Because they are intended to be pursued while doing a job, some employers and candidates under estimate the amount of time that is needed. 'I've just started doing the NVQ but I am finding it difficult to find the time' On average the research found that Level 2 took 6 month to complete, Level 3 two years and level 4 four years. Candidates found that they needed 4-5 hours a week to complete the work. Some employers gave half a day as study leave and this was found to be very successful.
Practical versus underlying theory
It is the emphasis on practical competence that has led to criticism from those who are worried about lack of theoretical underpinning. Elkin (1994) dislikes the mechanistic approach "and lack of. encouragement of any vision or broadening of horizons". Wilson (1995) worries that there is no mention of the need for imagination, creativity, innovation or analytical thought, especially for managers at levels 4 and 5. Muddiman (1995) thinks that "...2001 may well see in libraries the emergence of the jobber, who knows how but not why".
However, the performance evidence refers to the desirability of portfolios showing underpinning knowledge and understanding: to carry out a task well, people need to know why they are doing it and what to do when things go wrong. Totterdell (1997) writes about using City and Guilds to provide theoretical underpinning for level 2 and, to a lesser extent, level 3. She says that Sandra Parker (LA president in 1996) "was right when she described ILS-NVQs as being as well as rather than instead of existing qualifications". Trevett (1996b) suggests that underpinning knowledge and skills gaps are best delivered in the workplace via training methods such as induction periods, working alongside more experienced staff, coaching, organised job swaps, staff meetings, study sessions and open learning.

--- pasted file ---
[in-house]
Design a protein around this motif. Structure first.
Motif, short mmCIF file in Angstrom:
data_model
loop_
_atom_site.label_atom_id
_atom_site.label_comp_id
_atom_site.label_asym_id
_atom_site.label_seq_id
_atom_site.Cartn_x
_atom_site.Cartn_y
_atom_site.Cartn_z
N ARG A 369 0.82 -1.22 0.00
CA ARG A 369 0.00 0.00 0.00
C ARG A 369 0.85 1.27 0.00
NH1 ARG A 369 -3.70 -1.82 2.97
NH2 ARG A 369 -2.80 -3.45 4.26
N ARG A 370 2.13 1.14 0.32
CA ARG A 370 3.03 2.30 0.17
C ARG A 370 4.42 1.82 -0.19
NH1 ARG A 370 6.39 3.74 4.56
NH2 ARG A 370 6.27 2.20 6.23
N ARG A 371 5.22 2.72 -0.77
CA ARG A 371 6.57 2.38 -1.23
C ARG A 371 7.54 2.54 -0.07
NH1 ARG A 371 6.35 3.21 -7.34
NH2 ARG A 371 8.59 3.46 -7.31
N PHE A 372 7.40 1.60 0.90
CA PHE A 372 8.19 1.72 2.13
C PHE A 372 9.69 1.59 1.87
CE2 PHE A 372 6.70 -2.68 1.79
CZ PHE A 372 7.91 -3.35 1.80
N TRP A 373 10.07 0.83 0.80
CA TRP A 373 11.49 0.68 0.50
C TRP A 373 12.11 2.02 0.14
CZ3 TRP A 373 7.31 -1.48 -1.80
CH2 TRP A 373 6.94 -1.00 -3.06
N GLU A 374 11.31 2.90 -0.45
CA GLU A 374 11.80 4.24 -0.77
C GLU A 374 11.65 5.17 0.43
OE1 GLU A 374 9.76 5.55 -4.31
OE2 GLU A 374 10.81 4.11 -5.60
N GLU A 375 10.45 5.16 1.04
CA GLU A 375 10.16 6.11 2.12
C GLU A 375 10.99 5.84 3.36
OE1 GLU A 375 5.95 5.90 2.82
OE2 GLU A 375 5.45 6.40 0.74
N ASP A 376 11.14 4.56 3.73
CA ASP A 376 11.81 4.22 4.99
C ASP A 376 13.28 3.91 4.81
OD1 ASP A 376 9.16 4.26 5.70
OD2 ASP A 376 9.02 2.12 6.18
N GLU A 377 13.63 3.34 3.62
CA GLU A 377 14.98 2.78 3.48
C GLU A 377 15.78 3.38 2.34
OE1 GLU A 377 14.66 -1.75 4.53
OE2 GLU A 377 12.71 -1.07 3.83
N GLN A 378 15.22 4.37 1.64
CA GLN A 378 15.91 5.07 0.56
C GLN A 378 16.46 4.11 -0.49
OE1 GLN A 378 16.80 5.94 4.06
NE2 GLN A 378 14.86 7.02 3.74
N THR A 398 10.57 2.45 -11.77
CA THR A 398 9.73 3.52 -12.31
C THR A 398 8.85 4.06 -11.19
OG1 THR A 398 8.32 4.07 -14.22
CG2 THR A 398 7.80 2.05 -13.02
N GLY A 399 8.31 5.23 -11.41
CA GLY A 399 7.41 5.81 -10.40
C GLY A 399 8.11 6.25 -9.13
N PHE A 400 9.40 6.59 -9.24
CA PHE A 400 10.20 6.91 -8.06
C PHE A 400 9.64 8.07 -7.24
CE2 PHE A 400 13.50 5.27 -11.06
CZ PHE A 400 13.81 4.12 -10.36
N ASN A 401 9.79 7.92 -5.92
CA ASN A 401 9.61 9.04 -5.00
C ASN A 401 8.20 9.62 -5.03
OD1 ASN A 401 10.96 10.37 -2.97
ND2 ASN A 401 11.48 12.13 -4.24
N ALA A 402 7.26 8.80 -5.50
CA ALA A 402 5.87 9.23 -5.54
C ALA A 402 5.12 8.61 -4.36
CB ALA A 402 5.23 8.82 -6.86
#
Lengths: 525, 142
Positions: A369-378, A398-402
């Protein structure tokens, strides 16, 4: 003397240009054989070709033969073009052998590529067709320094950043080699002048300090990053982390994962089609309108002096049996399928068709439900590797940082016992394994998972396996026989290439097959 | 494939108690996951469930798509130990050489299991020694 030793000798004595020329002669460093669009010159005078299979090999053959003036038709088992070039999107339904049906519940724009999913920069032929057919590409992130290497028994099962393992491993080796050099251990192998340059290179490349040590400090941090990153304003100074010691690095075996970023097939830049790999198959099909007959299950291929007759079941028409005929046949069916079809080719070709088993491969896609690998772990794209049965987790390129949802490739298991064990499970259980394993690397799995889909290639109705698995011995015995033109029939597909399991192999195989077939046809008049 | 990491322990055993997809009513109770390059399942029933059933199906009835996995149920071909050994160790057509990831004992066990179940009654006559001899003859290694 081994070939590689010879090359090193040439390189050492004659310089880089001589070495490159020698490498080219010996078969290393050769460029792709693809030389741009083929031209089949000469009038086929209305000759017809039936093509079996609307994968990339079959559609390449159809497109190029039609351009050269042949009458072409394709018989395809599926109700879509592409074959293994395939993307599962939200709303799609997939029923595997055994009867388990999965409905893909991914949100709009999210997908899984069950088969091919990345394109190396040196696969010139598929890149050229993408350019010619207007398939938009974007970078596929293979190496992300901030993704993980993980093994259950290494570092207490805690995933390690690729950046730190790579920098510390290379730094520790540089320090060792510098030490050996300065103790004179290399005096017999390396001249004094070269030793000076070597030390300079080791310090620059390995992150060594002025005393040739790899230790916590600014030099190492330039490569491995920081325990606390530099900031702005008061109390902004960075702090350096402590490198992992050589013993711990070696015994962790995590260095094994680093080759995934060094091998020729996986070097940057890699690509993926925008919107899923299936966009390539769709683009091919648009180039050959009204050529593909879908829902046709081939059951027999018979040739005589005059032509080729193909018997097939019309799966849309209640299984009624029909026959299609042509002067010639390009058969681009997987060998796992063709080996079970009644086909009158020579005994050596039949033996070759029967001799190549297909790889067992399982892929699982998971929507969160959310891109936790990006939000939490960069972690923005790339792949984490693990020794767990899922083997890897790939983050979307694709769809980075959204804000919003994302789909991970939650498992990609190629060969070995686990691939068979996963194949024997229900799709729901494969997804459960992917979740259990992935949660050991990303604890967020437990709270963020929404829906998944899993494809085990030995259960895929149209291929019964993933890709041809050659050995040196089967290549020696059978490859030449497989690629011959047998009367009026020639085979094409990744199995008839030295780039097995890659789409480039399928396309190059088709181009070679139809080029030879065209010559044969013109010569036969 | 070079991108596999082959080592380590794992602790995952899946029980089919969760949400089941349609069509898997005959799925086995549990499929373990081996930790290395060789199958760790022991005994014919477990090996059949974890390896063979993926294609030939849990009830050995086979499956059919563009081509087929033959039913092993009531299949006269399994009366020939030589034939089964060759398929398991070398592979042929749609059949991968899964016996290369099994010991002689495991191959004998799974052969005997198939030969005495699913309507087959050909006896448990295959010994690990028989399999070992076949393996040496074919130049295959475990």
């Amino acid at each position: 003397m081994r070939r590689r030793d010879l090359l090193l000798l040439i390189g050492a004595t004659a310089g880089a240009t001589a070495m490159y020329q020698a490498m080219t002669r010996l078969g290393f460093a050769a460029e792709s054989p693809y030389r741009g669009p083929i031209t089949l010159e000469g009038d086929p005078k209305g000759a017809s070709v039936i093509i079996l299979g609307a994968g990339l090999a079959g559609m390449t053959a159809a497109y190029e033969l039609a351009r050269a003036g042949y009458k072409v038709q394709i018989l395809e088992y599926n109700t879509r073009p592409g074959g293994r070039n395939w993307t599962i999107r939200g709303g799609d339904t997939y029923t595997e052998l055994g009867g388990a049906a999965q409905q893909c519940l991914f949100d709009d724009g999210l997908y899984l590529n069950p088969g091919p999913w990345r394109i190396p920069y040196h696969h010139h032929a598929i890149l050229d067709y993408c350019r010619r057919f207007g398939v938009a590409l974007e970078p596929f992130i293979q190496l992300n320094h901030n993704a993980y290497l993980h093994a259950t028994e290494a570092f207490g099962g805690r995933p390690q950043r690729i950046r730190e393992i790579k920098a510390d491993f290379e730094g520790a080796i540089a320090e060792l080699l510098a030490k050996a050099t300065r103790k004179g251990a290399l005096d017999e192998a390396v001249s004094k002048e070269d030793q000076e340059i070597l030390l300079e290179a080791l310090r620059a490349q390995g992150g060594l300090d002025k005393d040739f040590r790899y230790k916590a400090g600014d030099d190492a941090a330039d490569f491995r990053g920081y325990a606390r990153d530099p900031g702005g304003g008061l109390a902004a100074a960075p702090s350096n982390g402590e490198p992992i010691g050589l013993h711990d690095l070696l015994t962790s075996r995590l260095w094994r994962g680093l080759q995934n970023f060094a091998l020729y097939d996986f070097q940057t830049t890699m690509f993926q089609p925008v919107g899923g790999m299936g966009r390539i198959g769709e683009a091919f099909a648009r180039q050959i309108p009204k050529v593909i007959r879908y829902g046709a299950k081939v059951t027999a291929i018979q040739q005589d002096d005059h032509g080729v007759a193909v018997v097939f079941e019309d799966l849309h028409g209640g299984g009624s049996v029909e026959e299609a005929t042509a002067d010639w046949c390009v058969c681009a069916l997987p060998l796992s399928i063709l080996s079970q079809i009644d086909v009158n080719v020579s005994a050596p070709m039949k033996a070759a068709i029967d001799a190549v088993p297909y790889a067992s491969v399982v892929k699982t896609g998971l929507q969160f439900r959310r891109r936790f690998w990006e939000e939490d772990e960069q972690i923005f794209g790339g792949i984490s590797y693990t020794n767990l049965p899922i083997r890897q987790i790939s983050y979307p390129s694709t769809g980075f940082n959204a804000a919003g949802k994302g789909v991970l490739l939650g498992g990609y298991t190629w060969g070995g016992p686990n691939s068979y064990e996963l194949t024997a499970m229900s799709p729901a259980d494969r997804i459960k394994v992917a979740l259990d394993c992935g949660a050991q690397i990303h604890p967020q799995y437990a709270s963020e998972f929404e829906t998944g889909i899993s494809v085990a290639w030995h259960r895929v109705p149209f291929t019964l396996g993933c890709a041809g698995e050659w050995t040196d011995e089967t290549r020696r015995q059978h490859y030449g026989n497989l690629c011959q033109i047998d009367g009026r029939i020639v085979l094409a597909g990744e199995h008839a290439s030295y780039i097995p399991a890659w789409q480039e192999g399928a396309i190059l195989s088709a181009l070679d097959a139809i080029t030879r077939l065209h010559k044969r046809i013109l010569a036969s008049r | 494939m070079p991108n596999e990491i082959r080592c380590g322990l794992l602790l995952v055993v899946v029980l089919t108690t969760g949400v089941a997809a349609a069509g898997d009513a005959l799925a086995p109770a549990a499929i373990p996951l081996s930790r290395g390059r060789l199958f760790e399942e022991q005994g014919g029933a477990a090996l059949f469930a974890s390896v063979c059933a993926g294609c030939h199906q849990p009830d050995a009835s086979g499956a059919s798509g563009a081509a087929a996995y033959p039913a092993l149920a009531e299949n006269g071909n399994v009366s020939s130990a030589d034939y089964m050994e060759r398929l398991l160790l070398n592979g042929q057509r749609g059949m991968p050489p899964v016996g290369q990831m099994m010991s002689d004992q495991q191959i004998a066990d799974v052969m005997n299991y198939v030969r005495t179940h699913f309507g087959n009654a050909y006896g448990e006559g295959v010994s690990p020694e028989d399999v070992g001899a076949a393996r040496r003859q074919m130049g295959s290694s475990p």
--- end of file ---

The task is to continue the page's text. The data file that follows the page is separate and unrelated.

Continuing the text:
Women have long formed the majority of the workforce in this sector. They have largely been undervalued, underpaid, under-educated and under-trained. This competence-based form of on the job training undoubtedly offers a way forward that has not been possible before. It is hoped that employers will welcome these developments and support women appropriately with fees and the necessary time to achieve recognition of their skills.
Arundale, J. (1995a) National Vocational Qualifications: What's it all about? Assignation, 13 (1), p.34-6. refs.
Arundale, J. (1995b) Getting your S/NVO: a guide for candidates in the information and library sector. Library Association Publishing.
Dakers, H. (1997b) The library as a key to exploiting economic resources: global competence in the library oils the lock. EFLA Journal, 23 (1), p.30-5. il.refs.